“Medical training has to be different as well. We speak about skills but when I went to medical school, I was trained how to examine a patient. Now with a video consult you’ve given people technology but how do you do the actual consult? Because it’s different. There are subtle clues you miss from a patient walking into the room, for example. So we kind of need to think from the ground up and this needs to start at medical schools, in nursing training…”
In addition to these, Stephen was able to provide a useful case study. He outlined: “How do you bring yourselves together to work smarter and deliver better outcomes?…There’s a lot though that looks not only at what we’re doing but looking at what others are doing. So we’re working very closely with our colleagues at Hampshire on joining up care records…to improve data sharing between those two huge places.
“We’ve done a really good piece of innovation internally in Dorset. Where we’ve pulled together data from everybody. Local authorities [have been] a huge part of that. There’s a huge wealth of data in social care, not only around the people they care for…pulling in more information about ethnicity and deprivation has been hugely important into how we’ve approached the fight against COVID.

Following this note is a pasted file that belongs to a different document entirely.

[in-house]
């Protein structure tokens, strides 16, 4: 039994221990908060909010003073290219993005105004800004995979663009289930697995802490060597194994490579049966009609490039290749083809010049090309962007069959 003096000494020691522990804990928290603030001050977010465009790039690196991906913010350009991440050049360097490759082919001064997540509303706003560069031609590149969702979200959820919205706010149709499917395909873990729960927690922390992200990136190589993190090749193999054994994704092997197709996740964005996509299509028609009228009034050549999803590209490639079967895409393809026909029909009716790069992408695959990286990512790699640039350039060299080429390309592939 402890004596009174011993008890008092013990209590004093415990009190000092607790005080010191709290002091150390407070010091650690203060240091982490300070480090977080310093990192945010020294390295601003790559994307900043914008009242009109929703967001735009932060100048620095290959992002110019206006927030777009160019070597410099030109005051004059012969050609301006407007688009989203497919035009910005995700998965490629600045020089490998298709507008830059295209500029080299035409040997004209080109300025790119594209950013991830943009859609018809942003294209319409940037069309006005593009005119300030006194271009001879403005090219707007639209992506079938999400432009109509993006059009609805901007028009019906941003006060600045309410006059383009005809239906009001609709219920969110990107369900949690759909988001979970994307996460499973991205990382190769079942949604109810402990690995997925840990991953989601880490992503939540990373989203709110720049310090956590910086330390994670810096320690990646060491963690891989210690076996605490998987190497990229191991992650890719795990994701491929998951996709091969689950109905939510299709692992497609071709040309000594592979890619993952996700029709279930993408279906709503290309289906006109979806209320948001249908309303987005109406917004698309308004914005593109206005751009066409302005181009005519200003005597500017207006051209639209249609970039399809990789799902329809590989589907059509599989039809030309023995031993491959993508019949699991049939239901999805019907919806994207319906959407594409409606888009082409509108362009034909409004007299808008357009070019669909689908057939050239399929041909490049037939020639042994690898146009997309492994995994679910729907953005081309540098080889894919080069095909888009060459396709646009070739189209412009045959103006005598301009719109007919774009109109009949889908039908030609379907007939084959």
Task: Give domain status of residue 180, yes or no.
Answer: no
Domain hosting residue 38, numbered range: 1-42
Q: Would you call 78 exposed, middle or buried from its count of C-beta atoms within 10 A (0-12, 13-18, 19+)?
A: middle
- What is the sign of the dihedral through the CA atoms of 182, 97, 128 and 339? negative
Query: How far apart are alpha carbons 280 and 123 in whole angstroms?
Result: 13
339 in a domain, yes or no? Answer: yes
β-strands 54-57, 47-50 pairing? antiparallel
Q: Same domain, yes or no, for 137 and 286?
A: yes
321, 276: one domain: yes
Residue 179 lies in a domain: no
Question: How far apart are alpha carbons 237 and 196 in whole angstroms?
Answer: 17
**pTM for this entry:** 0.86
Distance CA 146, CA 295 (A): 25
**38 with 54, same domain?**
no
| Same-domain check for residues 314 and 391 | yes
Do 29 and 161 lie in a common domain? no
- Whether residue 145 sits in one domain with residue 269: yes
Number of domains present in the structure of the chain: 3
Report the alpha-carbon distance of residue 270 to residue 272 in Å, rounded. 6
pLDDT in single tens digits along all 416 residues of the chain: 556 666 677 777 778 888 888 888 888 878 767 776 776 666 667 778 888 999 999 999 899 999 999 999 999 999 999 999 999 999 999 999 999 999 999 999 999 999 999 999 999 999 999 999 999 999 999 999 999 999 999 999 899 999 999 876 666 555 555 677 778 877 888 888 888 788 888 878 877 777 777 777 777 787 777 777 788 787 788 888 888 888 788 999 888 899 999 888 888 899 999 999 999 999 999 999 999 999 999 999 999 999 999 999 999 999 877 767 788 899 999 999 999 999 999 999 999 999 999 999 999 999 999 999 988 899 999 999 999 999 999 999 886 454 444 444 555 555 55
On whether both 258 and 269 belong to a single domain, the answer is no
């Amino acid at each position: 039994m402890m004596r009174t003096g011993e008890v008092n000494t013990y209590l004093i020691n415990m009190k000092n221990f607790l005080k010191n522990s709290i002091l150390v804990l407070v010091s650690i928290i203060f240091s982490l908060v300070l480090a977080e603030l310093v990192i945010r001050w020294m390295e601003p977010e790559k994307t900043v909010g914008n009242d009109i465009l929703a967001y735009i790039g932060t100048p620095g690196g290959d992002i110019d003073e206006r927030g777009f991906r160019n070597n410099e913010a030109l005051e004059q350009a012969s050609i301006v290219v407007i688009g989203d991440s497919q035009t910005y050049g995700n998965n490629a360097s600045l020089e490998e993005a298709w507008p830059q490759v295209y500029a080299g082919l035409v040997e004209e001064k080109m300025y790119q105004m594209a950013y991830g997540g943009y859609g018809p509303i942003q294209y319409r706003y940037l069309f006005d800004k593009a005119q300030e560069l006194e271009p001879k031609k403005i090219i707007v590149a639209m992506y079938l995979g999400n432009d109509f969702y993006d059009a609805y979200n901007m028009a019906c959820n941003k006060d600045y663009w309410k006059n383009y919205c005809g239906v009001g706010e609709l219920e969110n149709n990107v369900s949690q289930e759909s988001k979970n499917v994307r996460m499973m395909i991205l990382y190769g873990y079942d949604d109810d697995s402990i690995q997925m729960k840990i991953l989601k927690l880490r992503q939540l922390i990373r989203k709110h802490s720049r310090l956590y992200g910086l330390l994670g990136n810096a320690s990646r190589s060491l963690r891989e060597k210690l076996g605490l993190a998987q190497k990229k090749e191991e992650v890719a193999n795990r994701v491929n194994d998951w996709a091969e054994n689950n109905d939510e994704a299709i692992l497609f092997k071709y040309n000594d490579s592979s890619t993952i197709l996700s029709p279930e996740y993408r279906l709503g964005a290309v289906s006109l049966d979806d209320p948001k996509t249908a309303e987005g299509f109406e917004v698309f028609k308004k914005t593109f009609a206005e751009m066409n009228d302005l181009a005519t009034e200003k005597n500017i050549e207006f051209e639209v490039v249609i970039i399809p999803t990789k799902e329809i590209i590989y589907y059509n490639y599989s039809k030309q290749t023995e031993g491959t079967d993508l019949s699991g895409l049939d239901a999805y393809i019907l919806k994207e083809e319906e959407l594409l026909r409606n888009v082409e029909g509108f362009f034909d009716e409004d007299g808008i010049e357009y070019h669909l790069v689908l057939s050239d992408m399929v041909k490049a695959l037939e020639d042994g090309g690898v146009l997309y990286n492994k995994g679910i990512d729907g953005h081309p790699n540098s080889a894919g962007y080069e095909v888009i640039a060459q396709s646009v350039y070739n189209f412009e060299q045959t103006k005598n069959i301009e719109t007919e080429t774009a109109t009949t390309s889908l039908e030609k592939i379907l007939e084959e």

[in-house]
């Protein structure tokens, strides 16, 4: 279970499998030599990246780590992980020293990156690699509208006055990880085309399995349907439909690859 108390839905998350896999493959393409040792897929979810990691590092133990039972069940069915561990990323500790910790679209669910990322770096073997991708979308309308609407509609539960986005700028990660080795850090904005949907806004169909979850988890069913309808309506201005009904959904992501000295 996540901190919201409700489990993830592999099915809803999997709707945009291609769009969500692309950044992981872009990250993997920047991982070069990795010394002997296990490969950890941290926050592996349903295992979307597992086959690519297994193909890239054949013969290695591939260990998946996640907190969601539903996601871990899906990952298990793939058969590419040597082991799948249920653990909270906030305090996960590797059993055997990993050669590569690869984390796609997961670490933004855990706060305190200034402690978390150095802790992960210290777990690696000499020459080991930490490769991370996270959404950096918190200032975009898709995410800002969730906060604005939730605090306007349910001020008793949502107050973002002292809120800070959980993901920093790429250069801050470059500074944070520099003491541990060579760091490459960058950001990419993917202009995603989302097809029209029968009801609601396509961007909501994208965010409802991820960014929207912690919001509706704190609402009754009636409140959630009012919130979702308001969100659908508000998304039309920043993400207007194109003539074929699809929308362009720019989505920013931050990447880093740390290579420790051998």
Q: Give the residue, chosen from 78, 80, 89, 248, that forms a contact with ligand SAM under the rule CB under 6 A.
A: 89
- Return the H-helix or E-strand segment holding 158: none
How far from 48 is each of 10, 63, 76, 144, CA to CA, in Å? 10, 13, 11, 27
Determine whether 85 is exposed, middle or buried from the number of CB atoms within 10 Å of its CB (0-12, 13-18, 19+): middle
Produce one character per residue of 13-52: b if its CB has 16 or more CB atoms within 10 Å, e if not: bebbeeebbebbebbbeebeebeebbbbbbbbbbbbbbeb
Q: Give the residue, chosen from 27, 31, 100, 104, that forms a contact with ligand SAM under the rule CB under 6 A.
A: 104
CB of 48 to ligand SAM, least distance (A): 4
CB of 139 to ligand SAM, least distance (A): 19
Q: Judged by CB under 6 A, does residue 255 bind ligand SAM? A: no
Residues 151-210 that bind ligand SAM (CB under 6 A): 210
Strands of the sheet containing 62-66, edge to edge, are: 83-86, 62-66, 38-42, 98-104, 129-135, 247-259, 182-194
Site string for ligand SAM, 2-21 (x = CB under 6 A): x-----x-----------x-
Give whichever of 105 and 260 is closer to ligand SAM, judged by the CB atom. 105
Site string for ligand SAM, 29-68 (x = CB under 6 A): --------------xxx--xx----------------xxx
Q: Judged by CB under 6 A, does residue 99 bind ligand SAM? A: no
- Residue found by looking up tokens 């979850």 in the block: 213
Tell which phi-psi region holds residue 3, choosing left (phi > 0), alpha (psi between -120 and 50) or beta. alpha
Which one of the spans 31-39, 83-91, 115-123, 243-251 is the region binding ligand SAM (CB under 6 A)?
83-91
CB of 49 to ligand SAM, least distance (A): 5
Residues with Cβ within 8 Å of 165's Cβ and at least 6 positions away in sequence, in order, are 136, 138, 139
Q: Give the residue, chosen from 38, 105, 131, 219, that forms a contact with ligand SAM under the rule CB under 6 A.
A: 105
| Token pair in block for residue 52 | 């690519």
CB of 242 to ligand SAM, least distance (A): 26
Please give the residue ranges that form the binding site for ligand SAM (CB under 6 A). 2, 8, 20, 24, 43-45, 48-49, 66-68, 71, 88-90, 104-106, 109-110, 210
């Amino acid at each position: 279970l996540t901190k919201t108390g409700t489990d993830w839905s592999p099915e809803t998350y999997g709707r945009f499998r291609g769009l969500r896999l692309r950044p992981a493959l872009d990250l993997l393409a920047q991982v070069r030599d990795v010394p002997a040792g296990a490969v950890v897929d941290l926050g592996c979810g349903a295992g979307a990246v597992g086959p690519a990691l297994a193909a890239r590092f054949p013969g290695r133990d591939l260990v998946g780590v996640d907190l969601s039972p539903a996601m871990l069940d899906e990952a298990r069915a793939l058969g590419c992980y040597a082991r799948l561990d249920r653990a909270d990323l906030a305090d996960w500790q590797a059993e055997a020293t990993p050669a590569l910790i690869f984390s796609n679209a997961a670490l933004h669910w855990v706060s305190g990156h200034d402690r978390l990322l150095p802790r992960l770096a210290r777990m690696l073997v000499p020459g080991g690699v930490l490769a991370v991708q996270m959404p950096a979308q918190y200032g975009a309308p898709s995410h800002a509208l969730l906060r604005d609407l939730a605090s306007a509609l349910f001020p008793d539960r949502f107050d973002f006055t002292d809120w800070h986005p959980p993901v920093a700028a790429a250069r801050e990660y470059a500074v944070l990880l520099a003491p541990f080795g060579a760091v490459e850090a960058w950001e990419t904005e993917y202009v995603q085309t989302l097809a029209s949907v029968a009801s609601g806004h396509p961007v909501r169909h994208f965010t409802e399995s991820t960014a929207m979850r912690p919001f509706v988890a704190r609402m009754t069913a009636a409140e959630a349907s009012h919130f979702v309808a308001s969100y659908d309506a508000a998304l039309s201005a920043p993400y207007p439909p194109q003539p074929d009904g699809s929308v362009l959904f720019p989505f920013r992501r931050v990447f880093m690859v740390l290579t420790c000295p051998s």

“Our BI teams were able to pull together a dashboard to enable us to track every aspect of how we approach and fight against the pandemic …now it’s enabled us to have a look at the vaccine uptake as well.
Finally, Sonia finished with her top three wishes.
She said: “If I take out my wishlist and I’m granted by the genie my top three wishes of…how the system can help us nationally, I think it definitely starts with a partnership approach.
“I think the first for me…colleagues that are listening in today, if your boards have not signed up to the board development being offered by Public Digital and Health Education England, I think that is one key thing that I would like colleagues to go back and encourage their boards to take up the offer. Because it’s valuable, it starts a conversation.
“Number two, I am really keen that we are encouraging our boards, particularly at ICS-level to ensure they have registered digital professions at the board.
“My third then is really from an ICS lense-point then, ensuring as they take up the next stages…as those plans start to converge into the future system…very early on in the planning processes…how does digital and data, not work as a technology work stream in itself, but help those various different staffing groups to enable them to work in an integrated and collaborative way. That is quite critical.”